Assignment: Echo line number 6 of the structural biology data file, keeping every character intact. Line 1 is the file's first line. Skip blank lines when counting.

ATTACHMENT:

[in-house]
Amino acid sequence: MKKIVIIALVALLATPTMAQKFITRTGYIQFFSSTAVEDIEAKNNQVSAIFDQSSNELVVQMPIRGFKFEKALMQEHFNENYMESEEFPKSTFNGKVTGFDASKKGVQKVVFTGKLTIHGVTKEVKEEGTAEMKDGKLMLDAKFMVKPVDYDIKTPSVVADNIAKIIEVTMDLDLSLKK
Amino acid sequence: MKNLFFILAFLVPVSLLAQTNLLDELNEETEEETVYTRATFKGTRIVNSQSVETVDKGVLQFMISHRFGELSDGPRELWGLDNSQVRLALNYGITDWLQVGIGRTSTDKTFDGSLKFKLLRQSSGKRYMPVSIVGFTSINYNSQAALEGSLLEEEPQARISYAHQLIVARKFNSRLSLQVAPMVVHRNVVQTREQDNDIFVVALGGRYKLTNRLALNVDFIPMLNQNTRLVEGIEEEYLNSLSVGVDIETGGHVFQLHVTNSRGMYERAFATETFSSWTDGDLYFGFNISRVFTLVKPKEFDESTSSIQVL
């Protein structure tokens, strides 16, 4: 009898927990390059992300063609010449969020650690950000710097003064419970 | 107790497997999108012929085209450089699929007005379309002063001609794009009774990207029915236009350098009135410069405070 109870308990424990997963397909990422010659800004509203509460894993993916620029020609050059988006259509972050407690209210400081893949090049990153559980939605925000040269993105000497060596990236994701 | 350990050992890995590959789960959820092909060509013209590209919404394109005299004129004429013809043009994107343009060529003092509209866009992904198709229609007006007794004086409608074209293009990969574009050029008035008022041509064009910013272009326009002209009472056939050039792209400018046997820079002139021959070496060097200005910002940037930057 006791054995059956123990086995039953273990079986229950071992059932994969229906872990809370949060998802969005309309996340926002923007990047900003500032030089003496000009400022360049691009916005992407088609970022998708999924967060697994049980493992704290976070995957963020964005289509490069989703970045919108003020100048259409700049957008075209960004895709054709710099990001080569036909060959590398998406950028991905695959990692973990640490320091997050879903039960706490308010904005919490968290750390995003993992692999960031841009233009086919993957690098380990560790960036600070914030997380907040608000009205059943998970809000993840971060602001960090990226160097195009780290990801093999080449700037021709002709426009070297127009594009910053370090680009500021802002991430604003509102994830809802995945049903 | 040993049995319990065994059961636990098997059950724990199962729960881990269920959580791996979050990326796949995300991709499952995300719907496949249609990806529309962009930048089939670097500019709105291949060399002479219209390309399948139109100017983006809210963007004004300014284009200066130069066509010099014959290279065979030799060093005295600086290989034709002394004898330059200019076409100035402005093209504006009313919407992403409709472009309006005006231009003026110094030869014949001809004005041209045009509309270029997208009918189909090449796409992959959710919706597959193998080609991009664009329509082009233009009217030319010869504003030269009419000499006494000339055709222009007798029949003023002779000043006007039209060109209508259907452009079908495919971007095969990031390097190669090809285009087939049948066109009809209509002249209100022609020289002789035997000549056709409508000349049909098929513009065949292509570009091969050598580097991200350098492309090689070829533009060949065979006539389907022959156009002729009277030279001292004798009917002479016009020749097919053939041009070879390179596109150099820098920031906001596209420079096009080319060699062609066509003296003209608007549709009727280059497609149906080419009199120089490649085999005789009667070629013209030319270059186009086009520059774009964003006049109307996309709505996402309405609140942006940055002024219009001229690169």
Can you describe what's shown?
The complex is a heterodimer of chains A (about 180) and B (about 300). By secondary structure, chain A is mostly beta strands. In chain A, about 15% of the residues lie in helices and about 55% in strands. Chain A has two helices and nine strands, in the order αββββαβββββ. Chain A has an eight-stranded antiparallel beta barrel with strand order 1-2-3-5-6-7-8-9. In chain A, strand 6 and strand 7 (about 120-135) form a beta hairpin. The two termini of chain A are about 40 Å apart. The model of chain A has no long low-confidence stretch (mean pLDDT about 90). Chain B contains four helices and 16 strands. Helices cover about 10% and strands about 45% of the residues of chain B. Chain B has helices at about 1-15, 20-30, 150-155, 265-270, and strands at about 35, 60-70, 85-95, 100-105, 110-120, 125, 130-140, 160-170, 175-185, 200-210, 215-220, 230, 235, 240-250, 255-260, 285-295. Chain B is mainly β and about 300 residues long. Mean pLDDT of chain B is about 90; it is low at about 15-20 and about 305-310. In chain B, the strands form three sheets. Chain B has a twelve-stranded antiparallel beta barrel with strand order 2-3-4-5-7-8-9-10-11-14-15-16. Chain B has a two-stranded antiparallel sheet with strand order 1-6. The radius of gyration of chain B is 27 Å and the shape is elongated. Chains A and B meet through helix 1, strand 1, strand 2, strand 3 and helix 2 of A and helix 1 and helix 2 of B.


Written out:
The complex is a heterodimer of chains A (about 180) and B (about 300). By secondary structure, chain A is mostly beta strands. In chain A, about 15% of the residues lie in helices and about 55% in strands. Chain A has two helices and nine strands, in the order αββββαβββββ. Chain A has an eight-stranded antiparallel beta barrel with strand order 1-2-3-5-6-7-8-9. In chain A, strand 6 and strand 7 (about 120-135) form a beta hairpin. The two termini of chain A are about 40 Å apart. The model of chain A has no long low-confidence stretch (mean pLDDT about 90). Chain B contains four helices and 16 strands. Helices cover about 10% and strands about 45% of the residues of chain B. Chain B has helices at about 1-15, 20-30, 150-155, 265-270, and strands at about 35, 60-70, 85-95, 100-105, 110-120, 125, 130-140, 160-170, 175-185, 200-210, 215-220, 230, 235, 240-250, 255-260, 285-295. Chain B is mainly β and about 300 residues long. Mean pLDDT of chain B is about 90; it is low at about 15-20 and about 305-310. In chain B, the strands form three sheets. Chain B has a twelve-stranded antiparallel beta barrel with strand order 2-3-4-5-7-8-9-10-11-14-15-16. Chain B has a two-stranded antiparallel sheet with strand order 1-6. The radius of gyration of chain B is 27 Å and the shape is elongated. Chains A and B meet through helix 1, strand 1, strand 2, strand 3 and helix 2 of A and helix 1 and helix 2 of B.